South Pole Warming Faster
The South Pole has warmed three times faster than the rest of the planet in the last 30 years due to warmer tropical ocean temperatures, new research showed Monday. Antarctica’s temperature varies widely according to season and region, and for years it had been thought that the South Pole had stayed cool even as the continent heated up.
Researchers in New Zealand, Britain and the United States analysed 60 years of weather station data and used computer modelling to show what was causing the accelerated warming. They found that warmer ocean temperatures in the western Pacific had over the decades lowered atmospheric pressure over the Weddell Sea in the southern Atlantic. This in turn had increased the flow of warm air directly over the South Pole — warming it by more than 1.83°C since 1989.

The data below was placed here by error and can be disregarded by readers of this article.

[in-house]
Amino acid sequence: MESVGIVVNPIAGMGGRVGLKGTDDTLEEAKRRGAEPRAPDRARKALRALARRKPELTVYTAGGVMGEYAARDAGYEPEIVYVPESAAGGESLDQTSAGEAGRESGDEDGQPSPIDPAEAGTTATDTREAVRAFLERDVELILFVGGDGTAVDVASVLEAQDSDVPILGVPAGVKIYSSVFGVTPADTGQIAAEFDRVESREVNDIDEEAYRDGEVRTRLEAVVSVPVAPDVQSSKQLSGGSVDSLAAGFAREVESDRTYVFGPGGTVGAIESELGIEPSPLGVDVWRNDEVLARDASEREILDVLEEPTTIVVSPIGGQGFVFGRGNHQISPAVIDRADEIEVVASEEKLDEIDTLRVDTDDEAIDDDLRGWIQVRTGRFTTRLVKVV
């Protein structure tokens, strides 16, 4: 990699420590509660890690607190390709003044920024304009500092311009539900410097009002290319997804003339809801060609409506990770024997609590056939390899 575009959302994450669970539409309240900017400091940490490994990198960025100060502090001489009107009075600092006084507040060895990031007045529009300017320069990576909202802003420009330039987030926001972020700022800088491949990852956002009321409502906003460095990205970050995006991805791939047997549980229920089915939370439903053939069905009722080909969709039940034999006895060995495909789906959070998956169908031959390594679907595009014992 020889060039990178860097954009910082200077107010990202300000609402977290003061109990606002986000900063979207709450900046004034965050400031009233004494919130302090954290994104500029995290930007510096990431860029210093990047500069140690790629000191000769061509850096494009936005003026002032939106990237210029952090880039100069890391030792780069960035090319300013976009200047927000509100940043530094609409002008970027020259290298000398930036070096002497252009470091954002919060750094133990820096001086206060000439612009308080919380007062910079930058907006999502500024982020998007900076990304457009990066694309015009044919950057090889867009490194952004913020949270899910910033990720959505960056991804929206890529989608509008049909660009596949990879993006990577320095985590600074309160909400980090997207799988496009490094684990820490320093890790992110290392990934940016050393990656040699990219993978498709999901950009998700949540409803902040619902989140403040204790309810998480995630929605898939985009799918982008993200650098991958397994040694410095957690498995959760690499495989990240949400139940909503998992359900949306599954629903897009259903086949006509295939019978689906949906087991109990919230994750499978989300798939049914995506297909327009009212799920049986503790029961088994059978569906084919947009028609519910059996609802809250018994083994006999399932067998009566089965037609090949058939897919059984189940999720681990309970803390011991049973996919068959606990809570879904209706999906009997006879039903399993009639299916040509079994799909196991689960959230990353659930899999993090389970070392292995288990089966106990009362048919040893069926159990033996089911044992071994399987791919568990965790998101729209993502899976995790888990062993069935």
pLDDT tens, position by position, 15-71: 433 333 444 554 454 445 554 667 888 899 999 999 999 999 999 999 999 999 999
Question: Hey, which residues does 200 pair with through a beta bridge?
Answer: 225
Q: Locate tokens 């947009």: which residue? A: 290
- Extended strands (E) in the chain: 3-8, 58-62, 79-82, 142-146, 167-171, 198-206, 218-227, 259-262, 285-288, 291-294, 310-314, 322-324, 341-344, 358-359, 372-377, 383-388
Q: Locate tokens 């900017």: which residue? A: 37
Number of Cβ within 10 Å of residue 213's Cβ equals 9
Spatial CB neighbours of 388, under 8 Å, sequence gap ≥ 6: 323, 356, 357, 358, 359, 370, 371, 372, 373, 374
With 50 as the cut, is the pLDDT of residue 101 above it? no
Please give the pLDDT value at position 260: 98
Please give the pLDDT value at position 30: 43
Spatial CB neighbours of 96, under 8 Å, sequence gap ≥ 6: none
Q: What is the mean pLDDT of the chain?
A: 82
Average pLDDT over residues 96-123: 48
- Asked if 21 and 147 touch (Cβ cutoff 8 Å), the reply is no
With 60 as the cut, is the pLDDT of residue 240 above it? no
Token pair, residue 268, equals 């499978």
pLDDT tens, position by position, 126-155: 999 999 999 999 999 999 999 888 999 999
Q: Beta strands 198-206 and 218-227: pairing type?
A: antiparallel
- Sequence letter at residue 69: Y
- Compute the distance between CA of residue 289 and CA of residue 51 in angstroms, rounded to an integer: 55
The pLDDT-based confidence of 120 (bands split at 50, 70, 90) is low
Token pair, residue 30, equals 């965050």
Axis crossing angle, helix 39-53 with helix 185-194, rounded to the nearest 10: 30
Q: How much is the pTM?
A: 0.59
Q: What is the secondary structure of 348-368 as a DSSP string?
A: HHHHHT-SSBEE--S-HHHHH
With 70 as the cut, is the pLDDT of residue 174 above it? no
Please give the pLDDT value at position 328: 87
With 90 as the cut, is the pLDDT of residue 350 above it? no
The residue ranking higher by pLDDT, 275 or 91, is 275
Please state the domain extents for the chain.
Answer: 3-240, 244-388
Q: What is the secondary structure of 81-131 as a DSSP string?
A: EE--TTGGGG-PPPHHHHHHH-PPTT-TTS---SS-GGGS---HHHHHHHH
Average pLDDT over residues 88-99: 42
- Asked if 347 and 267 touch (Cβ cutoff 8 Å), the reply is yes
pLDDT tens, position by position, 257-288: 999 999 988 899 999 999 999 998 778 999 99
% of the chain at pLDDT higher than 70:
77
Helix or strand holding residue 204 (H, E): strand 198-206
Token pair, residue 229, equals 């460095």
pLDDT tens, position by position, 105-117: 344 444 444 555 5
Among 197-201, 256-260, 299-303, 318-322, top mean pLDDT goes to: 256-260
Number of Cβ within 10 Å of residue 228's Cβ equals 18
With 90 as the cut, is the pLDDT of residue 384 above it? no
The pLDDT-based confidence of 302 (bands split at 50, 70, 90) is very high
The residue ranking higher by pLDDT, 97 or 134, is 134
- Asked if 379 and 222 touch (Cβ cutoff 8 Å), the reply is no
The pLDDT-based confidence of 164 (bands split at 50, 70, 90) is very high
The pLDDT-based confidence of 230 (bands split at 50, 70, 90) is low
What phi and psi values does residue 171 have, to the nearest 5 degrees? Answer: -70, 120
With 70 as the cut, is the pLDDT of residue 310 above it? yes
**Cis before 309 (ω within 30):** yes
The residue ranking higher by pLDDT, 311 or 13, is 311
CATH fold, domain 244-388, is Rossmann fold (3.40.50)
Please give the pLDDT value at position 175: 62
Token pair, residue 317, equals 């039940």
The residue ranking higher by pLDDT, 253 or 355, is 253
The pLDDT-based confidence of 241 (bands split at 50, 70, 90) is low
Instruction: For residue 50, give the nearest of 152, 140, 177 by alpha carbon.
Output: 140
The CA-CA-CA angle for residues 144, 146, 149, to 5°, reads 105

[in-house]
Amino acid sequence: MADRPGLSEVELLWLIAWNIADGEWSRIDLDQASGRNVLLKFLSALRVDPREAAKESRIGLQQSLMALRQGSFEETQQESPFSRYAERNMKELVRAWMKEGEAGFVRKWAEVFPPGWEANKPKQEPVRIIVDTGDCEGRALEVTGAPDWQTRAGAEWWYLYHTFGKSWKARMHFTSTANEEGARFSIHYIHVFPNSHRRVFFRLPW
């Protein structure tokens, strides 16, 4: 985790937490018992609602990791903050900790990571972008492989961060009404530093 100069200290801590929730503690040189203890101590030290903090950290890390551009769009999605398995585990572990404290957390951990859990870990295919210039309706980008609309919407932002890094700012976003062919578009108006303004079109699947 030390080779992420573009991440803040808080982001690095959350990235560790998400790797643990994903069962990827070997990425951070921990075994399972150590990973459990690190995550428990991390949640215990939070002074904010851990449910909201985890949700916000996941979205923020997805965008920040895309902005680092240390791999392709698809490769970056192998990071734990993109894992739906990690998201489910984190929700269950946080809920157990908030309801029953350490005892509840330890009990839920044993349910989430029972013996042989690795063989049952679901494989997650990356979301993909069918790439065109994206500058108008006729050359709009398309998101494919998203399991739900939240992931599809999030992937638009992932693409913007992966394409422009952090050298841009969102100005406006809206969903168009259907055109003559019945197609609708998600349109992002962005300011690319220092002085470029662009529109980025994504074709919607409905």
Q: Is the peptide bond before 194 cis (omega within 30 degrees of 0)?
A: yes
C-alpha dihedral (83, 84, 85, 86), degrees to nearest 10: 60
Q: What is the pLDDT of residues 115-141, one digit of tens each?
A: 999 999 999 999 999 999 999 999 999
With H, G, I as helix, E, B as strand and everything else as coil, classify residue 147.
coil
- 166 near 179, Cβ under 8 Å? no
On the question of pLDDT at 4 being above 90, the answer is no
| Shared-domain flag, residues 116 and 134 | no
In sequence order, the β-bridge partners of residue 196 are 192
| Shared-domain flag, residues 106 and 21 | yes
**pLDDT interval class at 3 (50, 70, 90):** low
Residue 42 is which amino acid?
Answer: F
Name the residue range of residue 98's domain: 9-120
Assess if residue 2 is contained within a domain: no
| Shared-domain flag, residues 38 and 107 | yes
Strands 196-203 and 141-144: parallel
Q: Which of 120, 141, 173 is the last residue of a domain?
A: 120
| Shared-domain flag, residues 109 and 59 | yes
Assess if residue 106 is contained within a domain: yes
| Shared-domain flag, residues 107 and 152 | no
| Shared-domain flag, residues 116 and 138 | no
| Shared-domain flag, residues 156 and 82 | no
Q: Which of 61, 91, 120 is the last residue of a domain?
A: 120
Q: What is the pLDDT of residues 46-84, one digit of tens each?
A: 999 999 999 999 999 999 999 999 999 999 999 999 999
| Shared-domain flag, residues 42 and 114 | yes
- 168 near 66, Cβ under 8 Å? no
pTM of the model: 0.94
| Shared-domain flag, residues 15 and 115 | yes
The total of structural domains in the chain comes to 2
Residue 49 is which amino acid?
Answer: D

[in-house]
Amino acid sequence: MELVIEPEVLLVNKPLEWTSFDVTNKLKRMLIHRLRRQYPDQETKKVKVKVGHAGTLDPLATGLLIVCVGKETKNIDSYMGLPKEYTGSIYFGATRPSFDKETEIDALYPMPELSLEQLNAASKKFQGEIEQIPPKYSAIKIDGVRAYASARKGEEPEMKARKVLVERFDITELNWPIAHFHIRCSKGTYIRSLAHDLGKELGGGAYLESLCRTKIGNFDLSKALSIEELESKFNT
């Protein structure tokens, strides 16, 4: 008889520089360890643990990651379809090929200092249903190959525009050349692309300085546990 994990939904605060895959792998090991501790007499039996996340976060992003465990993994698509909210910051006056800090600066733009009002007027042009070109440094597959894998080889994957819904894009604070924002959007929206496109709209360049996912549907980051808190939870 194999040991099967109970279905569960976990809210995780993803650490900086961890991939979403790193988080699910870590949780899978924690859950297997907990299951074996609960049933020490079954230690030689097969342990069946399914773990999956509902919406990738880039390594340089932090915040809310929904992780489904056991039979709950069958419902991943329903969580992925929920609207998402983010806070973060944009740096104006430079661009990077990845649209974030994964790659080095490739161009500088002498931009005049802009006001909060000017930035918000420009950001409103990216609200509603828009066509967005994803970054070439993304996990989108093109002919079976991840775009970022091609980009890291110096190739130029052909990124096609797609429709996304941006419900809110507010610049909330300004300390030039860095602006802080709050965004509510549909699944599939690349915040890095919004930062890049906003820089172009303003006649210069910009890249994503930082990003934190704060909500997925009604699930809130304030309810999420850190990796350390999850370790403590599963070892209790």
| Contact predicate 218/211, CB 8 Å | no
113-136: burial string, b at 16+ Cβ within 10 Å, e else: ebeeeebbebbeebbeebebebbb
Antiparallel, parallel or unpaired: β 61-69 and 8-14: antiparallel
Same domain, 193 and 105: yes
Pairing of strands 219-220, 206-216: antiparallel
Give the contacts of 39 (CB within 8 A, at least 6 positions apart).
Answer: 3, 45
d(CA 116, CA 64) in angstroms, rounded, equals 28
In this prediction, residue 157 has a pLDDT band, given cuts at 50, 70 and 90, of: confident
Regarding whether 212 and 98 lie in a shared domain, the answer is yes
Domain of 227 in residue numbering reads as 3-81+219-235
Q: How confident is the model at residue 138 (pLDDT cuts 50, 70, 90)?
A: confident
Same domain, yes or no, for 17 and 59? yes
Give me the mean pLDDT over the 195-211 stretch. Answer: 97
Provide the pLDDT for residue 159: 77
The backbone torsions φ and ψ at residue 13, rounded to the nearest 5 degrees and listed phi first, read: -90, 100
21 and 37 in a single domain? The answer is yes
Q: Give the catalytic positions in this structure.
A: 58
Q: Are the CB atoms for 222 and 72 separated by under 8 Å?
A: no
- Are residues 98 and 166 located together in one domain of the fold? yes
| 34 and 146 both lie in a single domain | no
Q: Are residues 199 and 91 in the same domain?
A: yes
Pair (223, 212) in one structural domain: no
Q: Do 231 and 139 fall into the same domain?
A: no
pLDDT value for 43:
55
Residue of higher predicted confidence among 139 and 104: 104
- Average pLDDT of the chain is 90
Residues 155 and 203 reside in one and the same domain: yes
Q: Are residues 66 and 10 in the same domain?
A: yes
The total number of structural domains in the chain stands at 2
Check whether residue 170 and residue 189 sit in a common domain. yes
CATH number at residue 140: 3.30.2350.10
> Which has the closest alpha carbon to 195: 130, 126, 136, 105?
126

Authors of the research said the natural warming trend was likely boosted by manmade greenhouse gas emissions and could be masking the heating effect of carbon pollution over the South Pole.
Beavers Gnaw at Permafrost
The beaver may be an unlikely agent of climate change, but the cuddly-looking creatures are transforming the Arctic landscape in a way that could be exacerbating global warming, a new study has suggested.
With their sharp teeth, beavers fell trees and shrubs and build dams, which flood small valleys and form new lakes that can cover several hectares of land. These new water bodies contribute to the thawing of the frozen permafrost soil, which is a huge natural reservoir of methane — a potent greenhouse gas. Scientists are concerned that as the permafrost degrades, the climate-changing methane and carbon leak into the atmosphere.